A very stiff, cold-rolled strip intended for flat blanking only, and not requiring ability to withstand cold forming.
No. 2 (half-hard) 65 000 ± 10 000
[ 450 ± 70 ]
10 ± 6 A moderately stiff cold-rolled strip intended for limited bending.
No. 3 (quarter-hard) 55 000 ± 10 000
[ 380 ± 70 ]
20 ± 7 A medium soft cold-rolled strip intended for limited bending, shallow drawing and stamping.
No. 4 (skin-rolled) 48 000 ± 6 000
[ 330 ± 40 ]
32 ± 8 A soft ductile cold-rolled strip intended for deep drawing where no surface strain or fluting is permissible.
No. 5 (dead-soft) 44 000 ± 6 000
[ 300 ± 40 ]
39 ± 6 A soft ductile cold-rolled strip intended for deep drawing where stretcher strains or fluting are permissible. Also for extrusions.

Note 1 These values are given as information only and are not intended as criteria for acceptance or rejection. S.I. units appear in brackets.

ATensile properties are based on the standard tension-test specimen for sheet metals, see appropriate figure in Test Methods and Definitions A 370.

BElongation in 2 in. (50 mm) varies with thickness of strip. For Temper No. 5, dead-soft temper, the percentage of elongation = 41 + 10 log " t' ( t = thickness, in. (mm)).
Other tempers vary in a similar way.

†Editorially changed from ksi to psi.

 

TYPICAL RANGES OF MECHANICAL PROPERTIESA
(NONMANDATORY)B
FOR COLD ROLLED STEEL SHEET DESIGNATIONS
CS, DS, DDS AND EDDS

Designation Yield StrengthC Elongation in 2 in.
[50 mm ]%C
rm ValueD n-ValueE
ksi MPa
CS Types A, B, and C 20 to 40 [140 to 275] >=30 F F
DS Types A and B 22 to 35 [150 to 240] >=36 1.3 to 1.7 0.17 to .22
DDS 17 to 29 [115 to 200] >=38 1.4 to 1.8 0.20 to .25
EDDS 15 to 25 [105 to 170] >=40 1.7 to 2.1 0.23 to .27

A These typical mechanical properties apply to the full range of steel sheet thicknesses. As the sheet thickness decreases, the yield strength tends to increases, the elongation decreases and some of the formability values tend to decrease.

B The typical mechanical property values presented here are nonmandatory. They are provided to assist the purchaser in specifying a suitable steel for a given application. Values outside of these ranges are to be expected.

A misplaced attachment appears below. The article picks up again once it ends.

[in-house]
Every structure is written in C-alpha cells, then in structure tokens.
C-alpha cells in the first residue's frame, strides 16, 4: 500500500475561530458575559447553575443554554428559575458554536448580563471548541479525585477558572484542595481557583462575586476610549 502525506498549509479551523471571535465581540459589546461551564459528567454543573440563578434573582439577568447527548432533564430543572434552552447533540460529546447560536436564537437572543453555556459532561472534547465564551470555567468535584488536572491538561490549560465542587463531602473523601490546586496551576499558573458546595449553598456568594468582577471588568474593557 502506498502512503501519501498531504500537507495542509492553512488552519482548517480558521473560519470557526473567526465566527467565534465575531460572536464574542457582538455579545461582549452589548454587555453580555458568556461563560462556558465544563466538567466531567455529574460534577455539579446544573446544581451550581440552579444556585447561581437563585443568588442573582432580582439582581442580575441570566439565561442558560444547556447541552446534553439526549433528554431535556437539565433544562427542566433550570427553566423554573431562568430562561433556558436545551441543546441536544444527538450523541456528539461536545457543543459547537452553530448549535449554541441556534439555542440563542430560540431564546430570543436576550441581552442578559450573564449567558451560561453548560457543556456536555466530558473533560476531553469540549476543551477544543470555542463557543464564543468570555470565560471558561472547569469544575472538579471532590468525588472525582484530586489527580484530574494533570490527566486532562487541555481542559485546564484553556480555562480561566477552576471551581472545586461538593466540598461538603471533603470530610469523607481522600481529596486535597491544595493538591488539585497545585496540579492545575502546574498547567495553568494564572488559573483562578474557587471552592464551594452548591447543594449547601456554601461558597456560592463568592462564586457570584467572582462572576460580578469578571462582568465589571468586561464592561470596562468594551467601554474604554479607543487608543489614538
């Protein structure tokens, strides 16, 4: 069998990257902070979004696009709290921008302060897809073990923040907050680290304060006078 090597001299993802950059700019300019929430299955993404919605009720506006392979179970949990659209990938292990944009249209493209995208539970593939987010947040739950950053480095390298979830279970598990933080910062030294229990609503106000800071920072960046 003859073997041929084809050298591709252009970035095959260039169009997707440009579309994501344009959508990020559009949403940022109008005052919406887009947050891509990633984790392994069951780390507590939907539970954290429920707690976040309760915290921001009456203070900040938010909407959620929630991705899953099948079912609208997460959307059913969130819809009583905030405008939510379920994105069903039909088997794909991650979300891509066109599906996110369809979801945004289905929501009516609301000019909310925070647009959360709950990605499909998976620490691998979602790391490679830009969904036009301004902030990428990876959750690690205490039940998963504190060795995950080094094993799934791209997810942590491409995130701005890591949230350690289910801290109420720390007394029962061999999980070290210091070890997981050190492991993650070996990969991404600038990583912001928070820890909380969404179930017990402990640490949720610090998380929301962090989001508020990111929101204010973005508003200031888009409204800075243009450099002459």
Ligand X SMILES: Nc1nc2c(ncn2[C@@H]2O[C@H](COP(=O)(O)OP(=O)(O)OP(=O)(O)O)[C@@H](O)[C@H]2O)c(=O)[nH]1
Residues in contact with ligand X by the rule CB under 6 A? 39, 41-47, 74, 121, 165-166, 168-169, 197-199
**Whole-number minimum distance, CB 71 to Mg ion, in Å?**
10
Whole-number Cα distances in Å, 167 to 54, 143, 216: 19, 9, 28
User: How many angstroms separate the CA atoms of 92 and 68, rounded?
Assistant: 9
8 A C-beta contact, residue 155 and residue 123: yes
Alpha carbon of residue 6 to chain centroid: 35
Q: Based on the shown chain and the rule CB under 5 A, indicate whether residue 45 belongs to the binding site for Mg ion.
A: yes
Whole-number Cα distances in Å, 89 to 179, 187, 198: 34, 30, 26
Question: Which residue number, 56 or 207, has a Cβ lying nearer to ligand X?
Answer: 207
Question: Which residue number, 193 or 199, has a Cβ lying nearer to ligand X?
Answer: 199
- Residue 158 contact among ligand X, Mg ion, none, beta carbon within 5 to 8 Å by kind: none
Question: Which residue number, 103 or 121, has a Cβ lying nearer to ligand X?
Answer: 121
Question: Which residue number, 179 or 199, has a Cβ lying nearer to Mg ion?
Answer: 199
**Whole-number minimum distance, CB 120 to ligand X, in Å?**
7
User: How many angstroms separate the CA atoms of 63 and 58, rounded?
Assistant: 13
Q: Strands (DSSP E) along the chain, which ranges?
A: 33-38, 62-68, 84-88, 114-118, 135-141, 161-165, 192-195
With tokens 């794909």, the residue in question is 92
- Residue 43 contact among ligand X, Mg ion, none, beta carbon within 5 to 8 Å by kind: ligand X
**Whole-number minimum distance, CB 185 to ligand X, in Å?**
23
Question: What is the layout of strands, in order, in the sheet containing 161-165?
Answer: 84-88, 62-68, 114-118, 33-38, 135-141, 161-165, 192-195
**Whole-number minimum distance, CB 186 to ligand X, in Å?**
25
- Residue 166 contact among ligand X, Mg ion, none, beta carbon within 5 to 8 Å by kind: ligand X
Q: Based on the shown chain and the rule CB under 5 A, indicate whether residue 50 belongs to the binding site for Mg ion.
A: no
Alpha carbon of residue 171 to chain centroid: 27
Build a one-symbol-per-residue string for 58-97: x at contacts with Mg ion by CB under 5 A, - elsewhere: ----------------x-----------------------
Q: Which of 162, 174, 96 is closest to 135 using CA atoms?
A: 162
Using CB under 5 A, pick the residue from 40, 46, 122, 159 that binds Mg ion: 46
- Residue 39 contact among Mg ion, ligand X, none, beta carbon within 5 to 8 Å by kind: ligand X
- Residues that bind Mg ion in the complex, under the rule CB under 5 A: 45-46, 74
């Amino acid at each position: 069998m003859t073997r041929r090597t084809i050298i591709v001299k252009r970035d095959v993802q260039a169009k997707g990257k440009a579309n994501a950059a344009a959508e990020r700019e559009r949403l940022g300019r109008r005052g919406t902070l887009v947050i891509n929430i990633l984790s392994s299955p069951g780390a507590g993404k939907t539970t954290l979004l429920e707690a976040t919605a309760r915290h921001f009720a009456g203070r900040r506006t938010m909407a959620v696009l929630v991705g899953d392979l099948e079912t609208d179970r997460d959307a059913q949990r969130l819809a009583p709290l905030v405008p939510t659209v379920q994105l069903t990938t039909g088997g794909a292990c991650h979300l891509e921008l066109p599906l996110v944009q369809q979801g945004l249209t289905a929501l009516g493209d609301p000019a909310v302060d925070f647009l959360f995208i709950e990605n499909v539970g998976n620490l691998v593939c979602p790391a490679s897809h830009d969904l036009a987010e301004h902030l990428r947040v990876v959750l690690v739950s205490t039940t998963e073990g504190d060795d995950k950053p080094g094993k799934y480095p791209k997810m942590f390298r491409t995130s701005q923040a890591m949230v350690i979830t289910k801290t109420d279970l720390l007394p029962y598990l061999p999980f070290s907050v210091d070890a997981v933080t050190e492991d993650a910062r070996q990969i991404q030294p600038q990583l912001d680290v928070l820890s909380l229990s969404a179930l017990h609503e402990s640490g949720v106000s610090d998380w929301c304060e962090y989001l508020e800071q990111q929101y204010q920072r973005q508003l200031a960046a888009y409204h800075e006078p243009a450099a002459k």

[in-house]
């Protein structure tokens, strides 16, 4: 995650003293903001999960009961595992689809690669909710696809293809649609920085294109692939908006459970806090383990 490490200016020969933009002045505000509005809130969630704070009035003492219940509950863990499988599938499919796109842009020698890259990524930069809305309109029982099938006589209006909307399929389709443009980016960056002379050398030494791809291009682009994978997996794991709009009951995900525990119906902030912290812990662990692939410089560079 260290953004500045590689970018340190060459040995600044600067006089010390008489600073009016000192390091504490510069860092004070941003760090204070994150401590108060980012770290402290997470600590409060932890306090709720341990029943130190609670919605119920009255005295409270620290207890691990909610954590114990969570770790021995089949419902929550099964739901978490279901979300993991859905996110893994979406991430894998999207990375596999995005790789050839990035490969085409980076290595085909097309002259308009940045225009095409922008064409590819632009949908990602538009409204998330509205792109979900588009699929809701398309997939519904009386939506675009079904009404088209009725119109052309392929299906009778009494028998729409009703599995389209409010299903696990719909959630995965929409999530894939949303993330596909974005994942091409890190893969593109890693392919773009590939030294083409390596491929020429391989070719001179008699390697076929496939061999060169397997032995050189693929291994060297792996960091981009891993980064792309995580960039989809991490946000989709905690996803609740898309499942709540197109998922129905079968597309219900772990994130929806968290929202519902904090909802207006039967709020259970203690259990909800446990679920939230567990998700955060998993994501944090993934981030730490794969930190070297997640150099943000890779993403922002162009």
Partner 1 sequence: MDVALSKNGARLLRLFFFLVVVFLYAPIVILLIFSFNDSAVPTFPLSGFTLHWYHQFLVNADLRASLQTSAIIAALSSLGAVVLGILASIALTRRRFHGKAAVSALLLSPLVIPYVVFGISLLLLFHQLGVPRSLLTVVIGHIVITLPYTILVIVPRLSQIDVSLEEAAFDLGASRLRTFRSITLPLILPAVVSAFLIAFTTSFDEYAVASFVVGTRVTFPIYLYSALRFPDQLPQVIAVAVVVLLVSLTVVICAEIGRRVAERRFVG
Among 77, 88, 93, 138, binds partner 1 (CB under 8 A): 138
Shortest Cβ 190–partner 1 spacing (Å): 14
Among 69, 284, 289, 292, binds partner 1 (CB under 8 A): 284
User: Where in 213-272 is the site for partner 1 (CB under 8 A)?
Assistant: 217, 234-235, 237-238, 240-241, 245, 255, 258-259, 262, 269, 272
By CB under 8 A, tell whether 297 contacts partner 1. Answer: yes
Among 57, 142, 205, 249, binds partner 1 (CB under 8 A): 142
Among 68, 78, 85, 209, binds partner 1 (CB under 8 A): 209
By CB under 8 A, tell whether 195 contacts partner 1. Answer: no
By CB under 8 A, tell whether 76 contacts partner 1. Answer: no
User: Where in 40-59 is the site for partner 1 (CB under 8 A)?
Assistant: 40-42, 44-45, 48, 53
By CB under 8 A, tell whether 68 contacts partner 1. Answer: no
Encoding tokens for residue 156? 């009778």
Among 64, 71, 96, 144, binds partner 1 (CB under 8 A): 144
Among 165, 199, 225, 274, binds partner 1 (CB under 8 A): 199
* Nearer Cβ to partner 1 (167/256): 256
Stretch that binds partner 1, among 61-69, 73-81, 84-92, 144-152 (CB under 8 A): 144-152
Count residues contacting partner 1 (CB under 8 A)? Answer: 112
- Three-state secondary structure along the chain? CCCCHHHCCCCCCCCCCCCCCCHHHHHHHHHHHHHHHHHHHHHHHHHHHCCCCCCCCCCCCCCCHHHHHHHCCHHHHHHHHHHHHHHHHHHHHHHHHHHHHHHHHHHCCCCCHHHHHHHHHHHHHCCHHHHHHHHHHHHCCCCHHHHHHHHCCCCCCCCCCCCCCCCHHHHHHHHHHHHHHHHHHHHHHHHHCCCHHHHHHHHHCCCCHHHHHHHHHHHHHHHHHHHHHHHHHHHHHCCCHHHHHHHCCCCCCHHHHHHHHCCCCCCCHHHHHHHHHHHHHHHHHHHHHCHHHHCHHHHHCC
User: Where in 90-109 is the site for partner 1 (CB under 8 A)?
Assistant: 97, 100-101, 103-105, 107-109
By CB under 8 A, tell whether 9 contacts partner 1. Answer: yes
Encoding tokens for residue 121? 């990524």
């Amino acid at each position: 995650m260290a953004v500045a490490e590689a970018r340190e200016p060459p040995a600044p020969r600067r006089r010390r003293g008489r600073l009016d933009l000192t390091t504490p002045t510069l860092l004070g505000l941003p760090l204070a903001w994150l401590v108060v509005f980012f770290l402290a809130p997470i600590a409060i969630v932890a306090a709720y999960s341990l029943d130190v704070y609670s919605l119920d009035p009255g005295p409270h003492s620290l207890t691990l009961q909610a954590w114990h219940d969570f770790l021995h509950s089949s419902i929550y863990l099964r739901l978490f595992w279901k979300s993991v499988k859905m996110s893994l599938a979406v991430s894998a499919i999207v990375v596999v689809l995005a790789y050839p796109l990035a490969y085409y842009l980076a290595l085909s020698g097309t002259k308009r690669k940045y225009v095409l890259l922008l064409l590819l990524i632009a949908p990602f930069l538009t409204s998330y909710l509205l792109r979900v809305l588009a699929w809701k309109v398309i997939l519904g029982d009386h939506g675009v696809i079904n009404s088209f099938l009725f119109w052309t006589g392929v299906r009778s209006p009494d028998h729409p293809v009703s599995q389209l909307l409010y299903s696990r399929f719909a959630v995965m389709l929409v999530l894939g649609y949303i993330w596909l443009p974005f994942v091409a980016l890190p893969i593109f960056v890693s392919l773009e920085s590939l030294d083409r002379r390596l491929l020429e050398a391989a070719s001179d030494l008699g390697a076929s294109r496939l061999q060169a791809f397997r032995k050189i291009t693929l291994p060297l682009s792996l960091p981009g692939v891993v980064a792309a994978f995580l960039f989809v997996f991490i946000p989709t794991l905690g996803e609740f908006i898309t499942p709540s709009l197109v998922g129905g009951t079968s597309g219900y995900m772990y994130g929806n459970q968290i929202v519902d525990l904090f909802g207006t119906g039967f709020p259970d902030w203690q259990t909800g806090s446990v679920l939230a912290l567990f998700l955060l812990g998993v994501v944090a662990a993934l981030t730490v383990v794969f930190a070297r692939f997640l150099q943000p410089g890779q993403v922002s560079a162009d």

C Yield Strength and elongation are measured in the longitudinal direction in accordance with ASTM Test Methods A 370.

D Average plastic strain ratio (rmvalue) as determined by ASTM Test Method E 517.

E The strain hardening exponent (n-value) as determined by ASTM Test Method E 646.

F No typical properties have been established.

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COLD ROLLED STRIP STEEL FINISHES

Cold-rolled strip steel finishes are usually specified to one of the finishes below.

  • Number 1 or Matte (Dull) Finish: A finish without luster produced by rolling on rolls roughened by mechanical or other means. This finish is especially suitable for paint adhesion. It also aids in drawing by reducing the amount of contact and therefore the friction between the die and the steel surface. Additionally, lubricating fluid will more easily adhere to the rougher surface this type of finish.
  • Number 2 or Regular Bright Finish: Produced by rolling on moderately smooth rolls. It is a suitable for many requirements, but not generally applicable to bright plating.
  • Number 2 1/2 or Better Bright Finish: A smooth finish suitable for those plating applications where high luster is not required.
  • Number 3 or Best Bright Finish: Generally of high luster produced by special rolling practices, including the use of specially prepared rolls. It is the smoothest and most difficult finish to produce and is particularly suited for bright plating. The production of this finish requires extreme care in processing and extensive inspection. Paper interleaving is frequently used for protection.

Typical surface roughness (Ra) ranges for each of above finishes are included in the table below. The end user and the steel supplier (producer) should agree on the "aim to" or permissible surface roughness range, based on the intended application.

Typical Surface Roughness Ranges*
Number 1 or Matte (Dull)** Ra 20-80 uin.
Number 2 or Regular Bright*** Ra 20 uin max.
Number 2 1/2 or Better Bright*** Ra 10 uin max.
Number 3 or Best Bright*** Ra 4 uin. max.

*: Due to vagaries in measuring surface roughness, as well as inherent variability in such cold rolled services, these values are only typical and values outside these ranges would not be considered unexpected.
**: Measured either parallel with or across rolling direction
***: Measured across the rolling direction